Friday, August 04, 2000

Brickyard 400 notebook

Rudd thrives with Yates

By Tom Groeschen
The Cincinnati Enquirer

        INDIANAPOLIS — Ricky Rudd won the pole but lost the news conference.

        Rudd, the 1997 Brickyard 400 champion, was dwarfed by the feel-good run of Darrell Waltrip. Waltrip will start alongside Rudd on the outside pole, but Waltrip stole the show Thursday because:

        • It was his best day of a miserable final NASCAR season.

        • He is one of the best “quotes” in the NASCAR garage.;

        • Rudd's pole was not a surprise; it was his second of the year.

        Rudd, 43, has a large and loyal fan base, having won 20 career victories. His career has been rejuvenated in 2000 in Robert Yates' prestigious No.28 Texaco Havoline Ford, whose drivers have included the late Davey Allison, Dale Jarrett and Ernie Irvan.

        Rudd had struggled the past few years as owner of his own team. He also lost his major sponsor, Tide, after 1999.

        Rudd is 10th in season points, after sinking to a career-low 31st last year.

        “I think the credit this team deserves has been skipped over a little bit,” he said. “This is pretty much a new deal; you've got a lot of new people on the team.”

        Rudd's winless 1999 marked the first time in 17 years that he didn't win at least one race.

        LABONTE LURKS: Bobby Labonte, the season points leader, will start No.3 Saturday. Some believe this is his year to win the Brickyard.

        Labonte finished second in last year's Brickyard, third in 1998, and second in 1997.

        “Maybe this is a good omen,” he said. “This is the best we've qualified here.”

        STAT OF THE DAY: None of the six previous Brickyard 400 races have been won from the pole. But, four have been won from a top 10 position.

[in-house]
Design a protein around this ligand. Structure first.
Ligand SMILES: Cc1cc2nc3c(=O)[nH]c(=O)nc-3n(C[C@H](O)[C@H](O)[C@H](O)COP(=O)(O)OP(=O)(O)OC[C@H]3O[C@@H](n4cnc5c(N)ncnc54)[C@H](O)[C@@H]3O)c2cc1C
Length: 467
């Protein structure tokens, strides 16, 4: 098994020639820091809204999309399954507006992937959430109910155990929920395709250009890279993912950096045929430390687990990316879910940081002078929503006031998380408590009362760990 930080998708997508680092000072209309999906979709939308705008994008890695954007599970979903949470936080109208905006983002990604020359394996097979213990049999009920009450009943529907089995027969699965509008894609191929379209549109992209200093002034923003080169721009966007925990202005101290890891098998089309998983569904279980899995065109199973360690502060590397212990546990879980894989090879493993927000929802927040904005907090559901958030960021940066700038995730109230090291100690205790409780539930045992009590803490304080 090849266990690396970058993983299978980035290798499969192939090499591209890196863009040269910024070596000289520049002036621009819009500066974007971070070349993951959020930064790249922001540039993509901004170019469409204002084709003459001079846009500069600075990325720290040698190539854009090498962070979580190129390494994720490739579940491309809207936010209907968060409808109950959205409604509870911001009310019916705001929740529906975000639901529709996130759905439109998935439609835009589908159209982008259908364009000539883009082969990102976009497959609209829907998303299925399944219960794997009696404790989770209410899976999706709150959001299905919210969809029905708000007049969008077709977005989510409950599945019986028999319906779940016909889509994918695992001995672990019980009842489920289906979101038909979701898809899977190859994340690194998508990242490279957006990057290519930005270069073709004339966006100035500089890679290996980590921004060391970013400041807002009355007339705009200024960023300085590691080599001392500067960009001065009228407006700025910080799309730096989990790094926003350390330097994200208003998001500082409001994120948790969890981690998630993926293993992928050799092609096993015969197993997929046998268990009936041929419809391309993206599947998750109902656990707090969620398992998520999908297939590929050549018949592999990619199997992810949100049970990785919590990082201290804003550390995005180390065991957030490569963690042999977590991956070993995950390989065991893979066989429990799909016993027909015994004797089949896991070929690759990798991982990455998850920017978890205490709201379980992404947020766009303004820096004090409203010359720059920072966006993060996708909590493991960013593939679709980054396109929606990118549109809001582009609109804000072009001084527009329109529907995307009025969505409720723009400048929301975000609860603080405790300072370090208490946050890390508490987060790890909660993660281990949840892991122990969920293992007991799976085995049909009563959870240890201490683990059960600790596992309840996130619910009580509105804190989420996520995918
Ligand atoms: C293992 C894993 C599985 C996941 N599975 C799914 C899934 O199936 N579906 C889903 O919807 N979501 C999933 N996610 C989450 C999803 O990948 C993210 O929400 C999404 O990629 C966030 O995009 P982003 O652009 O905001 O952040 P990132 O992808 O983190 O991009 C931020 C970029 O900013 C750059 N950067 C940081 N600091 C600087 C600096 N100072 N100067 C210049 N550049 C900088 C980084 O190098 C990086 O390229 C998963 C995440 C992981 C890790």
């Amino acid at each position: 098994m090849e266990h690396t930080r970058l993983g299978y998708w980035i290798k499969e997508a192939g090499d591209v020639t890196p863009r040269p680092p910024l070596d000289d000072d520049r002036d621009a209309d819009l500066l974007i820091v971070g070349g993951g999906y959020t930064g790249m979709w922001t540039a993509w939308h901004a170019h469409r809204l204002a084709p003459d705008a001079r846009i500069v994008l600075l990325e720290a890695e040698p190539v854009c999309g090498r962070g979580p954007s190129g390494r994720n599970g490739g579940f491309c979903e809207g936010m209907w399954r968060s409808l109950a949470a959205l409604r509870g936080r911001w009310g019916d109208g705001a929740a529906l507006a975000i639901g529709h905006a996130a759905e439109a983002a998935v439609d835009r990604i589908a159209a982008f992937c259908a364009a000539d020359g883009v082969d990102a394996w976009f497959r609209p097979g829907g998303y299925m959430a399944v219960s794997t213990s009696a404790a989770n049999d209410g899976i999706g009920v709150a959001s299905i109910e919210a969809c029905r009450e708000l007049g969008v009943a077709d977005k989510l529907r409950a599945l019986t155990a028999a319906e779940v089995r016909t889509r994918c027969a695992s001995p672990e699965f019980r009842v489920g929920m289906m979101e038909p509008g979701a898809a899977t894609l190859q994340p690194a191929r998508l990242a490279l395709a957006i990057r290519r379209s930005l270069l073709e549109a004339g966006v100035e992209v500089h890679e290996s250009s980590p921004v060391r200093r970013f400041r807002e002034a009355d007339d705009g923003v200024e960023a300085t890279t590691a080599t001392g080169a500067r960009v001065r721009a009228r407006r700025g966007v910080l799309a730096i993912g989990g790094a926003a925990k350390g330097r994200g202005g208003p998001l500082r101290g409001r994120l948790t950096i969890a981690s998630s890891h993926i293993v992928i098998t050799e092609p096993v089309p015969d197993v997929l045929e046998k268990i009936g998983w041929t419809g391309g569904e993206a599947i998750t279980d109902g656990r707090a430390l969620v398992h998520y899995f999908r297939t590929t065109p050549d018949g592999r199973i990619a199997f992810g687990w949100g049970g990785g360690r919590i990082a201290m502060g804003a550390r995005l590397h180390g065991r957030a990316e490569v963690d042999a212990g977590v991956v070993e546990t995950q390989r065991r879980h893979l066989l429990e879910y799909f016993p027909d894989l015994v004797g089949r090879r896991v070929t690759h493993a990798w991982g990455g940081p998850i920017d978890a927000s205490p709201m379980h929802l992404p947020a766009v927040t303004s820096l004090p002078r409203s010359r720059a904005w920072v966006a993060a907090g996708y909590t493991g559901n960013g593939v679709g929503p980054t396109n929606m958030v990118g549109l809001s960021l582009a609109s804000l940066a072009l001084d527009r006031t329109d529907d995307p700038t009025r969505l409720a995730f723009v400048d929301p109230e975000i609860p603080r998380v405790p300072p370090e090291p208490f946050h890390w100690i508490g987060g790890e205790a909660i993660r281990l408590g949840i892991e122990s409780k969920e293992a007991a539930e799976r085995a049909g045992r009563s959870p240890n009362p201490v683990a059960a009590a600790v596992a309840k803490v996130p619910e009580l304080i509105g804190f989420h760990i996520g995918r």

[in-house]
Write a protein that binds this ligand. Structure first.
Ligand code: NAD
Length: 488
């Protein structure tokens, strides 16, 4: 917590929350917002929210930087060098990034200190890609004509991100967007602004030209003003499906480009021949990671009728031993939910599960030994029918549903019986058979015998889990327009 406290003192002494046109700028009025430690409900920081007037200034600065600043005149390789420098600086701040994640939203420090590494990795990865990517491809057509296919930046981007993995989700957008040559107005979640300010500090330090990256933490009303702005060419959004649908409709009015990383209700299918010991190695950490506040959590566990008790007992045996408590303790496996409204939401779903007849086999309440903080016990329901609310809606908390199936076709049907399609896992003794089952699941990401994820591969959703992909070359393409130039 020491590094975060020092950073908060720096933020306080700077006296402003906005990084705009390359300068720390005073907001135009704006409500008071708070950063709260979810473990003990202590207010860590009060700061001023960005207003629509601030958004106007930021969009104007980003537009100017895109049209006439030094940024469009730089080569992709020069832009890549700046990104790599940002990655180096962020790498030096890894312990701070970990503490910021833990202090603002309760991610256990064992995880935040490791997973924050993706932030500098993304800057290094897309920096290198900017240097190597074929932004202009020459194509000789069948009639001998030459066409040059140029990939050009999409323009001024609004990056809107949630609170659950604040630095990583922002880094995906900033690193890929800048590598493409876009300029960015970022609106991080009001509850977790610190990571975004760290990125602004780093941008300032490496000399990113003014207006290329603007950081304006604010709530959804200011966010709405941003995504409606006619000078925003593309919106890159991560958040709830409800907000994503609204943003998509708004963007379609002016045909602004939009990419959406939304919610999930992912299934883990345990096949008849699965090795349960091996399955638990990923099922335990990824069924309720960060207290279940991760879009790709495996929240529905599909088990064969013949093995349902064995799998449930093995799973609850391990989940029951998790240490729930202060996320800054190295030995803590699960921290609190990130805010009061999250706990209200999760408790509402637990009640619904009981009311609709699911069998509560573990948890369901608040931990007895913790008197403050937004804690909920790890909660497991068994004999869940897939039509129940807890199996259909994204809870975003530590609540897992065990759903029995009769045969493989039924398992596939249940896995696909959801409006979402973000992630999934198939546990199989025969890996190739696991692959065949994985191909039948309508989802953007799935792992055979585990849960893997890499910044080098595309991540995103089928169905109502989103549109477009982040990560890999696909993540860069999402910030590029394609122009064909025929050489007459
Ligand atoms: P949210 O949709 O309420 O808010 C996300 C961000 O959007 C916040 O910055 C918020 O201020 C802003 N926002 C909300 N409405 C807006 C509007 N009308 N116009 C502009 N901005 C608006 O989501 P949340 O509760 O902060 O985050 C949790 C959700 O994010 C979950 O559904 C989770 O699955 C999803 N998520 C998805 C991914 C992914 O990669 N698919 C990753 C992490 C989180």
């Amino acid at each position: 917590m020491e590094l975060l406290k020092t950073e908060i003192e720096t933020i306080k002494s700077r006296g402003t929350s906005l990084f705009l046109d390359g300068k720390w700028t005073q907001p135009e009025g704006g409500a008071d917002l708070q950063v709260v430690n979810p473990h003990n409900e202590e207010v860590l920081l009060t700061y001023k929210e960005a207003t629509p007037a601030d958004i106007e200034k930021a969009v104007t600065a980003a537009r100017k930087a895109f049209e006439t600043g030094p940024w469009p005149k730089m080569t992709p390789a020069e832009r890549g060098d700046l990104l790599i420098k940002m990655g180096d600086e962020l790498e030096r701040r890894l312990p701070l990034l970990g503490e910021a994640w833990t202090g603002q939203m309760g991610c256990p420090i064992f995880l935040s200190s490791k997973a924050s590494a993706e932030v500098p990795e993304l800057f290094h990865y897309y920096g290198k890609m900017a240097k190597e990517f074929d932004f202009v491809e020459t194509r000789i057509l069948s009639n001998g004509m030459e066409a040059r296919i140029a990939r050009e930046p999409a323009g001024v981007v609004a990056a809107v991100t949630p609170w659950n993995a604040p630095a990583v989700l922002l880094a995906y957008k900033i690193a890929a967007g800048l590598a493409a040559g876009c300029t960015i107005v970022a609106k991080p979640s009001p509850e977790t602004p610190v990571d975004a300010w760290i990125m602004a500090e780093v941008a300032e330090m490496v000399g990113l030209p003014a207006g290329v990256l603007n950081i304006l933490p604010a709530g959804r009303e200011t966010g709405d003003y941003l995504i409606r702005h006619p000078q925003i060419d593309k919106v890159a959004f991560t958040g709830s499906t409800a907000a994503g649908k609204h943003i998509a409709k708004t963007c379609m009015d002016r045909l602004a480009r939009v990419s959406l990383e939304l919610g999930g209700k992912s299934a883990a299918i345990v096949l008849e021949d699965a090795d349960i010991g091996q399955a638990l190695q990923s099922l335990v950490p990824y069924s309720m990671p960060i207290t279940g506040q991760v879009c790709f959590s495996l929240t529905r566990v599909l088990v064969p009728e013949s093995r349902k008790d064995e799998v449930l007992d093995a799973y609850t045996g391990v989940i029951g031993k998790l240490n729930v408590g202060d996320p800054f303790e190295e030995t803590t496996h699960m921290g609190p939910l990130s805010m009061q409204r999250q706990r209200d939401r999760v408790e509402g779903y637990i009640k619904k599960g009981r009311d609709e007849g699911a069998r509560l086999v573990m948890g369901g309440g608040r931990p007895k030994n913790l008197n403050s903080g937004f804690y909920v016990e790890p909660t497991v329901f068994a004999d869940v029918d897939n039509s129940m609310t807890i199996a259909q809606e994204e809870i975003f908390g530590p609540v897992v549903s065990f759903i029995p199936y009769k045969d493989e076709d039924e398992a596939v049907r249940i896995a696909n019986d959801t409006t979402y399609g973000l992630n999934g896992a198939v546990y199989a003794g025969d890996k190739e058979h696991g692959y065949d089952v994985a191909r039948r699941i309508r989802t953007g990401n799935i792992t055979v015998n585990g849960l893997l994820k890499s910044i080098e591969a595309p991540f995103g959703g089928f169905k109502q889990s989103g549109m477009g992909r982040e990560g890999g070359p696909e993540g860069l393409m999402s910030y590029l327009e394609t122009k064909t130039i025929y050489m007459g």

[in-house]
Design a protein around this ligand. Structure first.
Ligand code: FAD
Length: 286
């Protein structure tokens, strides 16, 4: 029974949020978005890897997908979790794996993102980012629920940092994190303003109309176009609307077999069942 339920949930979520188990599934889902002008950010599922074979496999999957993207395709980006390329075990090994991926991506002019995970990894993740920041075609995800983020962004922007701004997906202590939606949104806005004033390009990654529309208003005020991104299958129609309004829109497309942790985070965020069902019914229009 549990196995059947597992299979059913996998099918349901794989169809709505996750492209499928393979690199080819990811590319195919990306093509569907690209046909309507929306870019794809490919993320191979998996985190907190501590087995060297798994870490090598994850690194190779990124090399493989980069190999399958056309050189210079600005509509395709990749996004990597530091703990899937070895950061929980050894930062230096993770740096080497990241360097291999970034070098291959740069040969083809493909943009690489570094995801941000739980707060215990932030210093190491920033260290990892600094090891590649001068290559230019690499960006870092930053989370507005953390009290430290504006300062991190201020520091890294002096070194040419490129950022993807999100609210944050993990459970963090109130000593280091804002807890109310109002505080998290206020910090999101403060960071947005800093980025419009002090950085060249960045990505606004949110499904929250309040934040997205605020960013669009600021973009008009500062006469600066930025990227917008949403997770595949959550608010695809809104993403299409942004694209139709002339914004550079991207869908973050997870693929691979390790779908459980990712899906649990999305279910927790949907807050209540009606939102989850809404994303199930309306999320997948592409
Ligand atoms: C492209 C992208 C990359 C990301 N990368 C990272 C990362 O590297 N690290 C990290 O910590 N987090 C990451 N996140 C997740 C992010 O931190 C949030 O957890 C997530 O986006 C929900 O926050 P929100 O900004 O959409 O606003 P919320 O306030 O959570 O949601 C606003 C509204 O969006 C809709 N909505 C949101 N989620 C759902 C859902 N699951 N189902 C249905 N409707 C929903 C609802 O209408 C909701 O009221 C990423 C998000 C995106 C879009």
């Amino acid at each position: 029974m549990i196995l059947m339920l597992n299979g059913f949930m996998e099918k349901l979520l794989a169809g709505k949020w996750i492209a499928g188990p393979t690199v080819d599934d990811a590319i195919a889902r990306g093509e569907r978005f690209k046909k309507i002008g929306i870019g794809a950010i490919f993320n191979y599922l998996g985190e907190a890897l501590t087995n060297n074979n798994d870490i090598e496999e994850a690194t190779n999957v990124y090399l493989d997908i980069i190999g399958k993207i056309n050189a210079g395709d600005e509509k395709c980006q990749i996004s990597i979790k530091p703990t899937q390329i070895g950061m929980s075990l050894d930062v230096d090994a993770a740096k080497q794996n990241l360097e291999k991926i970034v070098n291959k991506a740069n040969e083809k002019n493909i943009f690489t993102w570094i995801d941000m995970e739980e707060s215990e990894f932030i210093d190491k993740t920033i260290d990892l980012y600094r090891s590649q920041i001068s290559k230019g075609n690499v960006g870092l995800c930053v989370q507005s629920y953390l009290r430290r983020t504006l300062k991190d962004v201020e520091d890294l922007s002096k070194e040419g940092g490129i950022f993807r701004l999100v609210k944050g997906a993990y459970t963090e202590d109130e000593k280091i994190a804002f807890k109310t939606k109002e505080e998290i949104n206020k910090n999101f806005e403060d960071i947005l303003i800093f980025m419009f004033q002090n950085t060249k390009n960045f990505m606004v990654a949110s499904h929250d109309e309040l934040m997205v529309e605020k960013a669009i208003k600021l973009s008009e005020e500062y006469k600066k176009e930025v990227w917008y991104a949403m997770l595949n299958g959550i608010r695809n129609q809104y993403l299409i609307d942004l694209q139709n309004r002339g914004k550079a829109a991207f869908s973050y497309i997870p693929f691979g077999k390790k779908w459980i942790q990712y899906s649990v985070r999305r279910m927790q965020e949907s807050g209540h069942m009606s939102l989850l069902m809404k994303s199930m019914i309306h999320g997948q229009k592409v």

NEW RULES: The fatal crashes of Adam Petty and Kenny Irwin have led NASCAR to take some action.

        The sanctioning body told its Winston Cup teams to install a stop on the car's throttle assembly and an on-off switch on the steering wheel, within reach of the driver's thumb. The idea is to help drivers avoid “sticking throttles” that can cause serious wrecks.

        The new rules took effect with the opening of Brickyard practice Thursday.

        Petty was killed May 12 and Irwin died July 7 at New Hampshire International Speedway, with both wrecks at nearly the same spot on the track. Speculation was that a “stuck throttle” may have been involved in both accidents, but NASCAR director of operations Kevin Triplett said investigators are still seeking causes.

        Triplett said the new rules are at least a step in the right direction.

        “These were the two areas that could be done, and easily done, before this weekend,” Triplett said.

        The only accident Thursday was a mild one, with Geoffrey Bodine tapping the wall in Turn Four. Bodine was not injured.

        PRUETT'S RETURN: Scott Pruett is racing at Indianapolis Motor Speedway for the first time since crashing in the 1995 Indy 500.

        “More than anything, it's great to be back,” said Pruett, who qualified his Tide car 11th Thursday. “It was heartbreaking being here in '95, coming close to winning and never coming back.”

        Pruett, 40, led eight laps in 1995 before crashing with 15 laps to go en route to a 19th-place finish.

        IROC FINALE: The International Race of Champions ends today with NASCAR's Dale Earnhardt, Mark Martin, Tony Stewart and Bobby Labonte, and IRL driver Eddie Cheever Jr. fighting for the season title.

        Earnhardt, the three-race leader with 57 points, will start last in the 12-car, 100-mile race at Indianapolis Motor Speedway. Martin, the 1998 and 1999 IROC winner at Indy, is second with 45 points, followed by Stewart and Labonte at 43.

        The Associated Press contributed to this report.


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